Ram on the Run
A memorable encounter with a lost Merino sheep
How does a young man with no experience with large animals – short of watching the many Westerns – catch a Merino sheep who does not want to be caught? Writer Nick Thomas recalls his own very memorable experience chasing down a ram.
By a curious coincidence, March not only signifies the beginning of the astrological zodiac sign Aries – the flying ram – but also happens to be the month, back in the ’70s, of my own rather memorable ‘flying’ sheep encounter.
As a college student in the late ’70s, one of my many odd jobs was driving an ambulance for an animal shelter. Working a couple of evenings a week for the princely sum of $20 per night, I would nap in the clinic while waiting on calls from the public to collect injured homeless animals and transport them safely back to the clinic where a vet would examine them.
One of the most interesting rescues came early one Sunday morning from a woman who had awoken to find a large Merino sheep roaming around her suburban backyard. I arrived to find her and some neighbors gathered, musing over the massive wool-ball lurking behind a row of bushes. When I drove up, I’m sure I heard one wisecracking neighbor mutter: “Hey Mary, lost your little lamb?”
But there was nothing lamb-like about this woolly beast. He was a large 120-pound ram and you didn’t have to be Little Bo-Peep to see that this guy had lost his way and was far from content. Each time I approached the animal he bolted past me, causing me to stumble earthwards more than once, much to the amusement of the jeering onlookers. While none offered assistance, they did vocalize encouragement – for the sheep.
After retrieving a length of rope, I stood before my adversary planning the capture. Having watched far too many Western movies as a child, I felt quite qualified to throw a rope around a fat old sheep!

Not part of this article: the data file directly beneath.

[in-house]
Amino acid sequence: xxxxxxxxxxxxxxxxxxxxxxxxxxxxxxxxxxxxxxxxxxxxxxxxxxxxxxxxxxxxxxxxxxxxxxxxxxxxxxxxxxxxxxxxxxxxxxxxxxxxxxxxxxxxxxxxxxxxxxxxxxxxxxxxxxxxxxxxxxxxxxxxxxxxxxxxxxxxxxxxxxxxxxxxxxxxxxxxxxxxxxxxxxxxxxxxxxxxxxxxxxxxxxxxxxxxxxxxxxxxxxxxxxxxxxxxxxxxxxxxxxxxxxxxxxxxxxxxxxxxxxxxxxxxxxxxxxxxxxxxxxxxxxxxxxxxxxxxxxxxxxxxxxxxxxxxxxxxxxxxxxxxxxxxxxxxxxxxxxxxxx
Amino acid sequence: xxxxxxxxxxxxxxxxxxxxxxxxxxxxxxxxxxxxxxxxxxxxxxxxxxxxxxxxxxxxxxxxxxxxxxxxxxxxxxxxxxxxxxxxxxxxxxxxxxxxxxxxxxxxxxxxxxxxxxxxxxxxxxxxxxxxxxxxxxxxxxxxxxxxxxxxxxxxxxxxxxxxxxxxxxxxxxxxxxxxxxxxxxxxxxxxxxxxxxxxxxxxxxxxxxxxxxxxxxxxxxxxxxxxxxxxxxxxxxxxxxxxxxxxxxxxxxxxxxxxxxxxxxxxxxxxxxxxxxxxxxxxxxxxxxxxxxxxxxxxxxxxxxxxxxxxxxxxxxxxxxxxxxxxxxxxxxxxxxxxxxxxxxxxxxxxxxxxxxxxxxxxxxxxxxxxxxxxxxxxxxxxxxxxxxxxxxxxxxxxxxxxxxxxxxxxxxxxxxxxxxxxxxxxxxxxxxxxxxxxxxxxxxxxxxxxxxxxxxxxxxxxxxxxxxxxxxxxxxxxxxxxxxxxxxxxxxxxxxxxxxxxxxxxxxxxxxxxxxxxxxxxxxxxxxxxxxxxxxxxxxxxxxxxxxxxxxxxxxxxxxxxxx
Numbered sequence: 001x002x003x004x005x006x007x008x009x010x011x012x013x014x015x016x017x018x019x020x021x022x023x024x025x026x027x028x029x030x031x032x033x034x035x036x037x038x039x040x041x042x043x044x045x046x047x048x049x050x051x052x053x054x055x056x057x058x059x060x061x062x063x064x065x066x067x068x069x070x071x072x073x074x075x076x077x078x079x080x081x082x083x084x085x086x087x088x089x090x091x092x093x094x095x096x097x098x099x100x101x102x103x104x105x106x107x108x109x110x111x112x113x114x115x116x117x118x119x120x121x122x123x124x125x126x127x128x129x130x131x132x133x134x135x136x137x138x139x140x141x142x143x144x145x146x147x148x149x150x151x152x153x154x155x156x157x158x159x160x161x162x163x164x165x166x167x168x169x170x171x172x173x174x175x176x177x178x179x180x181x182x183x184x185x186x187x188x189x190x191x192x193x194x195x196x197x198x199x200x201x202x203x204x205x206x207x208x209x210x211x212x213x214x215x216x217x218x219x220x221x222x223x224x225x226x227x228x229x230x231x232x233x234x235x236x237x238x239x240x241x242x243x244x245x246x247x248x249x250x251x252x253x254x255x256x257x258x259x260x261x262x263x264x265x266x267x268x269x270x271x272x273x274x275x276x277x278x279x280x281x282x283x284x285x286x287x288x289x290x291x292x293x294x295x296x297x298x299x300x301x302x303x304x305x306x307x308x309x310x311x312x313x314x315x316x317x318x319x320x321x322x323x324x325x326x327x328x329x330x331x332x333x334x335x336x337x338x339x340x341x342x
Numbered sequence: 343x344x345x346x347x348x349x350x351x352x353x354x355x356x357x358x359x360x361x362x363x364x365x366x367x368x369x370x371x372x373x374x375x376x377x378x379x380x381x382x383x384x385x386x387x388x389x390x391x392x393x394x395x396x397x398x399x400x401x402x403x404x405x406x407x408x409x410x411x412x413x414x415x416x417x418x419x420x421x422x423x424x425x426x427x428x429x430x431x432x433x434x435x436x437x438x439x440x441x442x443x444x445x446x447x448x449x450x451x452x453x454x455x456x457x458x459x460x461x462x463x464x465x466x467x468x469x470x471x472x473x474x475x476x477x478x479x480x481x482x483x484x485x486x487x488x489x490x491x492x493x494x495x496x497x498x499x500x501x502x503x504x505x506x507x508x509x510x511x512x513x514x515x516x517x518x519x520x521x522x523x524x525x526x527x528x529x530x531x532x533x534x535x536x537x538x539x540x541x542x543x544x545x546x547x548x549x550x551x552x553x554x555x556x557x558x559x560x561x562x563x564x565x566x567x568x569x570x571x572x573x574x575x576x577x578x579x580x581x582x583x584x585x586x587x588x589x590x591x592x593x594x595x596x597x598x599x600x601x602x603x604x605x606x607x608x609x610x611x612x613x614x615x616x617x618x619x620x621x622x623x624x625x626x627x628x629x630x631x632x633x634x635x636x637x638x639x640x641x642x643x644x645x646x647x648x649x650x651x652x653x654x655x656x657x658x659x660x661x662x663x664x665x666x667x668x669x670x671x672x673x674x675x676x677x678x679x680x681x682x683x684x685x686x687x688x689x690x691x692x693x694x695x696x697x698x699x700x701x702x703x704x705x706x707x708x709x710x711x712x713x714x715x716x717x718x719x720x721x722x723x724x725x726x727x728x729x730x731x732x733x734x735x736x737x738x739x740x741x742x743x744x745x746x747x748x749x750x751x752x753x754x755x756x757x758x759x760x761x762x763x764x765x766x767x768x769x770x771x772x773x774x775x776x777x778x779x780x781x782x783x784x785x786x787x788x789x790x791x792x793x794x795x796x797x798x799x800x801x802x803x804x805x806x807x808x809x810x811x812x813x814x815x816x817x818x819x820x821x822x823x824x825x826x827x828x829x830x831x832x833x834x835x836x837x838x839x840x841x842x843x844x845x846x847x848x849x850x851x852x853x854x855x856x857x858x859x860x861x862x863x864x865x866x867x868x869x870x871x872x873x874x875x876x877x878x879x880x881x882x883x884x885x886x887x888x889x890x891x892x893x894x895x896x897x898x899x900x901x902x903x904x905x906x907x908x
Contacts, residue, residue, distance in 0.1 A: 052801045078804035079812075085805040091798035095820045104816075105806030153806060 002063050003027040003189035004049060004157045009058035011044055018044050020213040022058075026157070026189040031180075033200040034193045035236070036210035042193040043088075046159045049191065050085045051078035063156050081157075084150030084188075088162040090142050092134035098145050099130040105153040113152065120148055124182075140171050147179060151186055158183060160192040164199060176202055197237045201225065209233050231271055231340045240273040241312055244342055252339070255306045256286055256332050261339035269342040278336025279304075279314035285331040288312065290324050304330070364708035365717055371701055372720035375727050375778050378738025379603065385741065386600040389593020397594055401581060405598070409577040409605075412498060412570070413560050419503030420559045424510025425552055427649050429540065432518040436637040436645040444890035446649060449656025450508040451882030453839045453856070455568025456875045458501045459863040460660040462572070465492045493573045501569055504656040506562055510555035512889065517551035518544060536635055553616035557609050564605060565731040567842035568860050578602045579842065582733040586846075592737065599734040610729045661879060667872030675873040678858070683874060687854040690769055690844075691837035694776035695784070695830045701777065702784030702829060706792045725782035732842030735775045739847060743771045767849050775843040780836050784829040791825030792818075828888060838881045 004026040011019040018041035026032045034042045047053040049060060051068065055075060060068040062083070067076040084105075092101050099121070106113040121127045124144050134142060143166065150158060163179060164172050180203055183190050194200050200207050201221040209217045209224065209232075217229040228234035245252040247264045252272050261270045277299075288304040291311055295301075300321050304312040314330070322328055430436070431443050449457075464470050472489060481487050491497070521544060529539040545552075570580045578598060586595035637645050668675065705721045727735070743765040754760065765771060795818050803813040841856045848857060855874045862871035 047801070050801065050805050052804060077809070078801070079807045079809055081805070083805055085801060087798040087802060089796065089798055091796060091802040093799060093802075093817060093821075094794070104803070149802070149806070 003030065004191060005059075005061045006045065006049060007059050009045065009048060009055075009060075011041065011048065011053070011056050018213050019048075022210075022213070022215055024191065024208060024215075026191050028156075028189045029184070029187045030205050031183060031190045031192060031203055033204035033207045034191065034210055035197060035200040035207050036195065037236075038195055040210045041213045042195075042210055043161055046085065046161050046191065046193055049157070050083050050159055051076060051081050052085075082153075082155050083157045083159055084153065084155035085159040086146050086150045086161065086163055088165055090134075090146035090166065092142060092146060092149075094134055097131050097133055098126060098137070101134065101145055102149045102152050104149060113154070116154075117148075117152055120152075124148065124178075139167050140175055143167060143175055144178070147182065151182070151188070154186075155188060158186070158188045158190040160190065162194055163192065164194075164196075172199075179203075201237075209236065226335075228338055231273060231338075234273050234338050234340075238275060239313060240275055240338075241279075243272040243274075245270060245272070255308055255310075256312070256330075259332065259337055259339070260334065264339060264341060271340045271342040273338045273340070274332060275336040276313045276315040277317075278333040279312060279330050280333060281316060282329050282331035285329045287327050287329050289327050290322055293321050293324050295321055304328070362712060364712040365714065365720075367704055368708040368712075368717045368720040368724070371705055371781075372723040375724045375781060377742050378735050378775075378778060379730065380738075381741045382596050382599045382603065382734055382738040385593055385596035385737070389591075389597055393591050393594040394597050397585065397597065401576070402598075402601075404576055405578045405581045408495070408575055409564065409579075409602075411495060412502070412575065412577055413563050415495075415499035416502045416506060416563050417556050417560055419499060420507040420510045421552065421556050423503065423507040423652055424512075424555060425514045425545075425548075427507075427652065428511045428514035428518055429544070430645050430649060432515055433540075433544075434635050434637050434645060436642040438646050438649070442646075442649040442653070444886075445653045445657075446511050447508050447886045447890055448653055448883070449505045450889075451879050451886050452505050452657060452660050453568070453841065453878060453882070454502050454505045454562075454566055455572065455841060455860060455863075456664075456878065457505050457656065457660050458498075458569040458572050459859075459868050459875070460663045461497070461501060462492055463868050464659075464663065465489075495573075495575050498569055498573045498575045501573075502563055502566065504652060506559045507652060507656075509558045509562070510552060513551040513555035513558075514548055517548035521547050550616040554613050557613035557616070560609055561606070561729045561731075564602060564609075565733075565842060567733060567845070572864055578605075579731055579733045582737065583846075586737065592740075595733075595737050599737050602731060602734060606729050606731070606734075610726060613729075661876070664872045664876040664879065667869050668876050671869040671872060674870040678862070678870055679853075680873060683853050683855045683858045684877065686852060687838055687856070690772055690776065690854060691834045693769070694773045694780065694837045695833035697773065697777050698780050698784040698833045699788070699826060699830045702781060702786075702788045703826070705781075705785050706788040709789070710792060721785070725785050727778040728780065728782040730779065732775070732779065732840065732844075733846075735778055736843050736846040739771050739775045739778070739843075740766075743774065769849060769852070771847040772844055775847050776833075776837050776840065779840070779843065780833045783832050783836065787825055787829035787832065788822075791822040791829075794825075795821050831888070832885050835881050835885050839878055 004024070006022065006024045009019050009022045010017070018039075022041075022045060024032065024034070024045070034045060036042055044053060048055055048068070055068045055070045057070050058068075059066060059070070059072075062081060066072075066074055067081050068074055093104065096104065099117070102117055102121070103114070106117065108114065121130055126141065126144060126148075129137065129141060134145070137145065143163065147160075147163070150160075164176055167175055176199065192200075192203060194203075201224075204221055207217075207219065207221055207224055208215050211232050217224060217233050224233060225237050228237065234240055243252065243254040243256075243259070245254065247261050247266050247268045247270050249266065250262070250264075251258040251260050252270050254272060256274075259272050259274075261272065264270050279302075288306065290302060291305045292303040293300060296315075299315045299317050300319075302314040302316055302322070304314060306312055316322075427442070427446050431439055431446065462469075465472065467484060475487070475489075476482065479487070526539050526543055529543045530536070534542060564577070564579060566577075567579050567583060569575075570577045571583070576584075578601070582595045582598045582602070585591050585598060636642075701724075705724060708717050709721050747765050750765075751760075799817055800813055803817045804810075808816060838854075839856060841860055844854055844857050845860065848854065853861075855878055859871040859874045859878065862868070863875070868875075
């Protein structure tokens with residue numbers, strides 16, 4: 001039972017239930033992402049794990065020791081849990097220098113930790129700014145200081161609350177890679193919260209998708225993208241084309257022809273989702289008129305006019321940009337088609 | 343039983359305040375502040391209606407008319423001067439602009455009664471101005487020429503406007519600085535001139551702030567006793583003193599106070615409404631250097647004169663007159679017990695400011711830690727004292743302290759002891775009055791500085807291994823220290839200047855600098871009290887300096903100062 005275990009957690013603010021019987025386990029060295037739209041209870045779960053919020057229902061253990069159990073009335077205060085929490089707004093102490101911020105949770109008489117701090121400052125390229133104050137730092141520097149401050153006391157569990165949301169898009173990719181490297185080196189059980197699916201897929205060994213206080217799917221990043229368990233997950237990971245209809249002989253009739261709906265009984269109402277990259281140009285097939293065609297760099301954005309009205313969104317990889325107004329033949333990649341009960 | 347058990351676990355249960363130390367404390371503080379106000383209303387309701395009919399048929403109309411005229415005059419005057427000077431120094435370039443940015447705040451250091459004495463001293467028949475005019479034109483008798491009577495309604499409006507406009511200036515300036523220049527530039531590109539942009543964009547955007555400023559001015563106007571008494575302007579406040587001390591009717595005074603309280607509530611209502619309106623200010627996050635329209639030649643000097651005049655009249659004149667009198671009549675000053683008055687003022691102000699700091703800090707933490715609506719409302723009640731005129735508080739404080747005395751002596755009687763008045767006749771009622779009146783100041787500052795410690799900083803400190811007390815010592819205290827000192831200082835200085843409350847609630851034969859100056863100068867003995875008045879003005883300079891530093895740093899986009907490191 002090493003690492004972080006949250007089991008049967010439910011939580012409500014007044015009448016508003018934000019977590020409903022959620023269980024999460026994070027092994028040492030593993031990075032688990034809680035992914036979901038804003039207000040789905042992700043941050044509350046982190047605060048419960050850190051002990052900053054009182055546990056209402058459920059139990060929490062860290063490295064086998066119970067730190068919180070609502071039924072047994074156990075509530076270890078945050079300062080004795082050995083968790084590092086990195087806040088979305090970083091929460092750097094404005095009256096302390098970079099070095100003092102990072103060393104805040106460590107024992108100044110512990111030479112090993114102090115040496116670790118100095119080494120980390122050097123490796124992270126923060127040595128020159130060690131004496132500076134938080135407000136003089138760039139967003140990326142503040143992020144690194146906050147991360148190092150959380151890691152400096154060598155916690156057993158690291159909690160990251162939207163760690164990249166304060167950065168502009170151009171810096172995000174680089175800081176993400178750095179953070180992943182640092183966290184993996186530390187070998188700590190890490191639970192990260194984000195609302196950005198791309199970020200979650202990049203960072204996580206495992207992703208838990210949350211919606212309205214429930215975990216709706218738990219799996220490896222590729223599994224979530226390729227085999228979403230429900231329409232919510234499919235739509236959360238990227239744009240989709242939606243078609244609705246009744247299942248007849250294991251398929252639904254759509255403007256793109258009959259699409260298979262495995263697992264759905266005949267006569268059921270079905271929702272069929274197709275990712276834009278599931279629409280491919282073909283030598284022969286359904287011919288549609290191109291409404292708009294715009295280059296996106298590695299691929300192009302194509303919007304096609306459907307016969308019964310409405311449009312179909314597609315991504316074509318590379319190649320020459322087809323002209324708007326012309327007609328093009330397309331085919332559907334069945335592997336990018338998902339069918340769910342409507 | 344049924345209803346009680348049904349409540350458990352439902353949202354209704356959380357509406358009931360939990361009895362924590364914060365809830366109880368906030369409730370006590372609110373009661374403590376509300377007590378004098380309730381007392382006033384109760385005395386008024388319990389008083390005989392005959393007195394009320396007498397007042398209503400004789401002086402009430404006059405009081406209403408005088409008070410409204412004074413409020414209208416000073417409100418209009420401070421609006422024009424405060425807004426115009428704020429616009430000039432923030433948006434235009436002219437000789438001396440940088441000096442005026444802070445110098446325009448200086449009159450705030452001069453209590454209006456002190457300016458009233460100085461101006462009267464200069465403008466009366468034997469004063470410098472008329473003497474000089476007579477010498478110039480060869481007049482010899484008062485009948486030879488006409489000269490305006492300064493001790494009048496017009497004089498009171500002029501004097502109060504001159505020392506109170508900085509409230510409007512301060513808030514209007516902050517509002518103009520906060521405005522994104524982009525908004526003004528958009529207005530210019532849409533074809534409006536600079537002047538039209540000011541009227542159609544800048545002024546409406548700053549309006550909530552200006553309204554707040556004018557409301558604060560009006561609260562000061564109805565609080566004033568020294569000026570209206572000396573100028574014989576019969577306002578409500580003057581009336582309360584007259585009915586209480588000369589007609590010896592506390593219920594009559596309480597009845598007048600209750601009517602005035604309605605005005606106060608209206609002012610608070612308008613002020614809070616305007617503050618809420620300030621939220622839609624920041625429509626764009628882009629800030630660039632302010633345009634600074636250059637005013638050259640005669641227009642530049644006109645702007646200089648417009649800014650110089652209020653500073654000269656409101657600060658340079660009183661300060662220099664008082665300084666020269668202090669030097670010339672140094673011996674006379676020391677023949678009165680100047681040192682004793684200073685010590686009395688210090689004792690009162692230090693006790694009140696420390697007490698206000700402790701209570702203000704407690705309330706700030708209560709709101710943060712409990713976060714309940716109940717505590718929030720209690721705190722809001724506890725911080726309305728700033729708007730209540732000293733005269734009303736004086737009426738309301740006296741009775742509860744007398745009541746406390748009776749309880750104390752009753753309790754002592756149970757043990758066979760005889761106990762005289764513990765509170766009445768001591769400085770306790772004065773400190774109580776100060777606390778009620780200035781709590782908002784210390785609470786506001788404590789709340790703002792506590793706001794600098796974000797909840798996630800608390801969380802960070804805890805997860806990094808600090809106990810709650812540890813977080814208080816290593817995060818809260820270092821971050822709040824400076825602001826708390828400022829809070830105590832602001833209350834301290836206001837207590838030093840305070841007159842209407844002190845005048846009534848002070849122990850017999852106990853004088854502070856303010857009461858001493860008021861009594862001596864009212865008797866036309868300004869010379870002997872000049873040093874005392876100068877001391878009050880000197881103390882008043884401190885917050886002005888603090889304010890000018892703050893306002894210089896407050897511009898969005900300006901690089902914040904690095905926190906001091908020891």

I soon realized that years as a couch cowboy had, in fact, failed to provide the necessary practical skills to quickly construct, let alone operate, an effective lasso. My attempt yielded a rather limp and pathetic-looking piece of twisted cord that must have amused the mob of chuckling spectators.
After several attempts, I managed to rope just about every object in the backyard – several tree branches, the garbage can, the lawn mower, the most vocal and obnoxious neighbor (okay, I’ll admit that one was intentional) – everything, that is, except the darn Merino sheep.
By now, the bystanders were wavering between contempt and hysterics. My face was red from embarrassment and exhaustion, but my patience eventually paid off. As the flying fleecy fellow made yet another dash for freedom, I managed to slip the rope over its head, before tumbling to the ground one last indignant time.
To my surprise, and relief, the animal became quite docile after capture as I led it towards the vehicle where it calmly climbed into the back. From there, it was back to the vet for a checkup.
Attempts to locate the owner failed and I was later told that the Merino, a breed prized for their fine soft wool, had been transferred to a sheep farm. But in the years that followed, I could never purchase a new sweater without wondering if it had come from the four-legged woolly foe that had left me slightly bruised after our animated March tussle.
Nick Thomas teaches at Auburn University at Montgomery, Ala., and has written features, columns, and interviews for many magazines and newspapers, including many in the Boomer nostalgia and humor departments. See www.getnickt.org